Is this a fatal blow for the autonomic dysfunction hypothesis? Mills et al conclude that it does not appear to be a dominant mechanism explaining air pollution effects on cardiovascular disease risk; their study indeed provides some of the best quality evidence to date on the question, and strong evidence against the hypothesis. However, it is not entirely definitive. The authors acknowledge some important limitations: given the experimental design, very fast-acting (<1 h) effects could not be excluded; 75% of the higher risk group of volunteers were on β-blockers which could have mitigated any pollution effect; and the particular choice of dilute diesel exposure is unlikely to reflect the full range of pollutants to which people are exposed in everyday life. Since several observational studies have suggested pollutant effects on HRV (usefully summarised in the paper), an explanation is needed for the discrepancy between these epidemiological data and negative results in controlled conditions. Further studies examining exposure to different pollutant mixes in different populations will be needed to definitively exclude autonomic dysfunction as an important mechanism.
An inflammatory issue?
A second key hypothesised mechanism for air pollution effects on cardiovascular disease is that deposition of fine particulate matter, through increased oxidative stress, causes an alveolar inflammatory response, with release of mediators to the systemic circulation which could increase the risk of cardiovascular events (primarily heart attacks and strokes) through effects on blood coagulability and thrombotic risk.12
Direct evidence for inflammation associated with pollution increases is mixed; again, there is some disagreement between observational and experimental evidence. Increases in levels of C-reactive protein5 and other inflammatory markers13 at times of higher ambient pollution have been observed, yet a number of experimental studies have reported no clear systemic inflammatory response on controlled exposure to fine and ultrafine particles,14 dilute diesel exhaust15 and concentrated ambient particles.16
The prediction of increased coagulability and decreased fibrinolysis is supported more consistently by the data. Plasma viscosity increased among individuals exposed to a severe air pollution episode in Germany in 1985.17 Controlled exposure experimental studies have demonstrated exposure to concentrated environmental particles leading to an increase in plasma fibrinogen levels in healthy volunteers,18 and exposure to dilute diesel leading to a decrease in fibrinolytic capacity, specifically through reduced release of tissue plasminogen activator.15 On the other hand, findings are not entirely consistent: a further controlled study found that 2 h of concentrated ambient particulate exposure had no effect on fibrinolytic function among either healthy middle-aged volunteers or patients with prior coronary heart disease, despite delivery at 3–5 times US Environmental Protection Agency National Ambient Air Quality Standards.16 This result highlights that choice of pollutant composition in controlled exposure studies might be crucial.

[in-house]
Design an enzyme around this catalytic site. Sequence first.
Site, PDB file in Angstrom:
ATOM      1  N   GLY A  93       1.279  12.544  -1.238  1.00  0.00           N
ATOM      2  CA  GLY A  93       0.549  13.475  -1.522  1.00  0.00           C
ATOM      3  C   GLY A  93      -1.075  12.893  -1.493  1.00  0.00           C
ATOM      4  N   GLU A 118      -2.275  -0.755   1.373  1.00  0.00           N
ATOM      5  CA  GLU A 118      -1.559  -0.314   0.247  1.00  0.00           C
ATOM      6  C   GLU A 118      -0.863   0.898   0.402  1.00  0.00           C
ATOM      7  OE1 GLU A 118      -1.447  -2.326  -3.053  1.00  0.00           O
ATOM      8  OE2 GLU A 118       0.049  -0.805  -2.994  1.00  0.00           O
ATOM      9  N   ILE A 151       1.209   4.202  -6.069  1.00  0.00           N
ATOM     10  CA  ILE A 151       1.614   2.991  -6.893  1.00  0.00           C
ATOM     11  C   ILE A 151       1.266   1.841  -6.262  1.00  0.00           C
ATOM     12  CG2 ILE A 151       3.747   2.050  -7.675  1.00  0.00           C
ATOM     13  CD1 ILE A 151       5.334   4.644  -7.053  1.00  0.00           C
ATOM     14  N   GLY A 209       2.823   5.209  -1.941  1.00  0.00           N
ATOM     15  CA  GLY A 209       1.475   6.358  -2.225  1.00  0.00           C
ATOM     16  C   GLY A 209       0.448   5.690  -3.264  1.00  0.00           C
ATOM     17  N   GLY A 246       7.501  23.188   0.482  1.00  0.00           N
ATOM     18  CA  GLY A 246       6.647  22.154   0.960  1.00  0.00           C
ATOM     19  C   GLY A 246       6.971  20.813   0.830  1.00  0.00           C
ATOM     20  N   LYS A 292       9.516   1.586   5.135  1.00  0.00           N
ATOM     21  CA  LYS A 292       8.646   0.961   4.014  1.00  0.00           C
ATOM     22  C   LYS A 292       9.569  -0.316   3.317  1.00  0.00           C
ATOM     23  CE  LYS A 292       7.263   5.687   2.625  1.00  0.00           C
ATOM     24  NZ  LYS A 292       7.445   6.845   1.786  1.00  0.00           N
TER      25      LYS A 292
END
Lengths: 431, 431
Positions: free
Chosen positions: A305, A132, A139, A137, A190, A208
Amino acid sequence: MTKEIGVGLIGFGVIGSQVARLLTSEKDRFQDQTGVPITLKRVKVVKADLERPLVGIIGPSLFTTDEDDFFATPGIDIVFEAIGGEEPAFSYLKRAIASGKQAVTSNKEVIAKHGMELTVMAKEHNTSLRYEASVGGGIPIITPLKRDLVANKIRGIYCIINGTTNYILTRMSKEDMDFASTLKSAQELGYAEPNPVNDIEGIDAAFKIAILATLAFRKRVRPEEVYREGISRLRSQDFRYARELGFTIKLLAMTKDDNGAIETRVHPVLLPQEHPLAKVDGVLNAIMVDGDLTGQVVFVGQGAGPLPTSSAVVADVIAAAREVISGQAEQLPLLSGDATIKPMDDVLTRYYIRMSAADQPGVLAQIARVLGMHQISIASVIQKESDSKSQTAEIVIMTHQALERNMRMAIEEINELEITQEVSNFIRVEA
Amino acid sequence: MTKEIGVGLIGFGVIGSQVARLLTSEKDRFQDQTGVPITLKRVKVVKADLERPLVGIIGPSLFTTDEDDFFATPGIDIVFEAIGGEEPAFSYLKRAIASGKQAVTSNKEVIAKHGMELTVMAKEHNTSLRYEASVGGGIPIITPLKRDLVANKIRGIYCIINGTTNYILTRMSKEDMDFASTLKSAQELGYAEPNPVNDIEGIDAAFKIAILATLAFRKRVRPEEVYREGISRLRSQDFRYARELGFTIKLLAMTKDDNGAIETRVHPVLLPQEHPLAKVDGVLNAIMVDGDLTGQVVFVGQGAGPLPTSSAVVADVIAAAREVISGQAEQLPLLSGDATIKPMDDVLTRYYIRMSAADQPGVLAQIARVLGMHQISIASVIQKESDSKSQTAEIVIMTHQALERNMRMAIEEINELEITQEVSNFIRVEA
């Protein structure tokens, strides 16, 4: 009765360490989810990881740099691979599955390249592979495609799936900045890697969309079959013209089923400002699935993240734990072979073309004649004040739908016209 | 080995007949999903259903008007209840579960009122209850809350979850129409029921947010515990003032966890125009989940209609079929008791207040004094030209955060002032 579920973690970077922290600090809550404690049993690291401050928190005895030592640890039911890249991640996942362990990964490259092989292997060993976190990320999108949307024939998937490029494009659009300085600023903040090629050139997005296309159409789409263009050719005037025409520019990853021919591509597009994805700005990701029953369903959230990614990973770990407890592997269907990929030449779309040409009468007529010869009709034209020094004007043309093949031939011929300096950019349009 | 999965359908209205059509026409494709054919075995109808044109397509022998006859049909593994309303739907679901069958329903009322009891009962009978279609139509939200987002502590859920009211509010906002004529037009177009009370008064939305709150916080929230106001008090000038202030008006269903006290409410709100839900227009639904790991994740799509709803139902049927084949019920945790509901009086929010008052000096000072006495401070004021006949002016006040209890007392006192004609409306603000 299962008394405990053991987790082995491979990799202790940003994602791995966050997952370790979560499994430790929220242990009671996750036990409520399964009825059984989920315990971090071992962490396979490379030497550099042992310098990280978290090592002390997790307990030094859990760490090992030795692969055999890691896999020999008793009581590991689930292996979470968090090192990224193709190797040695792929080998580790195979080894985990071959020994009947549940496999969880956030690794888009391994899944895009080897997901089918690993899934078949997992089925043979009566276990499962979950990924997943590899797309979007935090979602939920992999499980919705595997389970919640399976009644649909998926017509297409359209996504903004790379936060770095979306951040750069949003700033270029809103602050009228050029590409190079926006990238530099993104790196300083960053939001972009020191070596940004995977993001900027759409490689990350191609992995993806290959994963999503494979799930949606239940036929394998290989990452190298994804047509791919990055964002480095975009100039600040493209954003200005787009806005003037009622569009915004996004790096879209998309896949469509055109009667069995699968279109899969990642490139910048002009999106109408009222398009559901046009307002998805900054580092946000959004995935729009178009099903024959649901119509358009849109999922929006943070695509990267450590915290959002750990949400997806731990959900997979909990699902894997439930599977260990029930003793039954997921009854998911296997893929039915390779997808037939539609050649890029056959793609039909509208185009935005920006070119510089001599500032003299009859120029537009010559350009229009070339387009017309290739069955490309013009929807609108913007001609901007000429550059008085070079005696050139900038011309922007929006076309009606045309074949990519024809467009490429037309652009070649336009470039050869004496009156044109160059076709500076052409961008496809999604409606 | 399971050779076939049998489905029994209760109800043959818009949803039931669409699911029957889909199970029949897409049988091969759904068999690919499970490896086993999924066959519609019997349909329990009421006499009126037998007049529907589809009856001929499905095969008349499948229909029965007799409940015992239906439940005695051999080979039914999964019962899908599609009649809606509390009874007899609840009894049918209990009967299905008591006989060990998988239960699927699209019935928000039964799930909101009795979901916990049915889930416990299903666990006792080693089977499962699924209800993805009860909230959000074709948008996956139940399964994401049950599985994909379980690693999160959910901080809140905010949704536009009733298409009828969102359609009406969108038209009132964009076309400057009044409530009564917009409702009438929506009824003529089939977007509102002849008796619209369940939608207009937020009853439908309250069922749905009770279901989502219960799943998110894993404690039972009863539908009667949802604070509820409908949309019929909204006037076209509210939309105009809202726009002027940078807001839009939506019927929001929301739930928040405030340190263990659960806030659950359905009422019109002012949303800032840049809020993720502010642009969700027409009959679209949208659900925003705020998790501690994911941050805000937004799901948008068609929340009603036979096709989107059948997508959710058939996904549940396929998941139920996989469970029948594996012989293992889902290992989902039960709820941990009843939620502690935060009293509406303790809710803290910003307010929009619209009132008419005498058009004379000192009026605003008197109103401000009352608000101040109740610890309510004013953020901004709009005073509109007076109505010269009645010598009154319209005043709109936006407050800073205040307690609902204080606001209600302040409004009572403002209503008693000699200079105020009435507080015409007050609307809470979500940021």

Conclusions and research challenges
Alternative mechanisms have been proposed to compete with (or complement) the two leading theories described above. Perhaps the simplest of all invokes the ability of inhaled ultrafine particles to pass directly into the systemic circulation, postulating direct physical effects on the heart and vascular system19; another possibility is suggested by a study in which controlled exposure to a mixture of concentrated ambient particles and ozone in humans led to arterial vasoconstriction.20 It is possible that exposure to air pollution may affect the risk of acute cardiac events through more than one mechanism. Yet promising mechanistic hypotheses appear in some cases to be undermined by experimental evidence. Neither the observational nor the experimental data alone can be conclusive; both study types have their limitations, and the variation in research findings doubtless in part reflects the methodological complexity of studying mechanistic questions.
Experimental studies arguably allow for a more finely tuned examination of the various mechanistic hypotheses that have been put forward but, given the many permutations of pollutant mixtures, participant demographics and proposed mechanistic pathways, several more rigorous controlled exposure studies along with large population-based analyses with better exposure data are likely to be needed before the picture is clear.